The Newport kept her course and speed up to the moment of collision, and it is admitted that in so doing she was at fault. But her counsel claim that the Svea also was at fault in holding her course and speed, and that by acting differently she should have avoided the accident. The evidence does not support that view. Consideration must be given to the circumstances as they appeared at the time; not as they are now known. The Svea adhered to the fundamental rule. If in the difficult circumstances forced upon him her navigator, whose qualifications are not questioned, exercised his best judgment in not departing therefrom, the burdened vessel must accept the consequences. Having driven him into a perplexing [276 U.S. 454, 462]   situation, the Newport cannot complain because he failed to make the most judicious choice between the hazards presented.

    Without stopping to set out the evidence, it is enough to say that we think there is no clear proof that the Svea failed in her duty. She tried in vain by repeated blasts to ascertain the Newport's intention. Her master could not possibly know the result of departing from the prescribed rule and we cannot say that he acted indiscreetly in following it.

    Big vessels may not insolently disregard smaller ones; supersize gives no right to domineer. The Newport was a handy vessel. By porting her helm or reversing her engines two minutes or less before the collision occurred she could have avoided it easily. There was nothing to show that she would not do one of these things until too late for the Svea's master to maneuver his vessel into safety.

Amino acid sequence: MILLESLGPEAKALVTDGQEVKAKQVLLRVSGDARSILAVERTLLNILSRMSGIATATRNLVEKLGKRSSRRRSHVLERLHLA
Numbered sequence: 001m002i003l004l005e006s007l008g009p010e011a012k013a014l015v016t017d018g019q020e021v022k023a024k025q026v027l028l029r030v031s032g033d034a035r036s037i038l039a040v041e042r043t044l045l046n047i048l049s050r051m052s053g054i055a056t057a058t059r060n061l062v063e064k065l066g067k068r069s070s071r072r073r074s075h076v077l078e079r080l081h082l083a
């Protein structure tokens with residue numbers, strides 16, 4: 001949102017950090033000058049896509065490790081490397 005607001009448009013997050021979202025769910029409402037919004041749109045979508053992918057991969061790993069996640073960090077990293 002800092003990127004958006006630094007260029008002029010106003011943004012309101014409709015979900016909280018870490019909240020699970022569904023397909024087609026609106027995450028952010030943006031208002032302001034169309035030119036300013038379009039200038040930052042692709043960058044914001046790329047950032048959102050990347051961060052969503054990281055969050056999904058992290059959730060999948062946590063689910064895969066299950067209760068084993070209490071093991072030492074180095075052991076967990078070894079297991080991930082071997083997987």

The applicable doctrine is plainly announced in The Delaware, 161 U.S. 459, 469 , 16 S. Ct. 516, 521 (40 L. Ed. 771):

      'The cases of The Britannia, 153 U.S. 130 (14 S. Ct. 795), and the Northfield, 154 U.S. 629 (Appx., 14 S. Ct. 1184), must be regarded, however, as settling the law that the preferred steamer will not be held in fault for maintaining her course and speed, so long as it is possible for the other to avoid her by porting, at least in the absence of some distinct indication that she is about to fail in her duty. If the master of the preferred steamer were at liberty to speculate upon the possibility, or even of the probability, of the approaching steamer failing to do her duty and keep out of his way, the certainty that the former will hold his course, upon which the latter has a right to rely, and which it is the very object of the rule to insure, would give place to doubts on the part of the master of the obligated steamer as to whether he would do so or not, and produce a timidity and feebleness of [276 U.S. 454, 463]   action on the part of both, which would bring about more collisions than it would prevent. Belden v. Chase, 150 U.S. 674 (14 S. Ct. 264); The Highgate, 62 L. T. R. 841; S. C. 6 Asp. Mar. Law Cases, 512.'

    The decree of the Circuit Court of Appeals in 146 is reversed and that of the District Court is affirmed. In 173 the decree of the Circuit Court of Appeals is affirmed.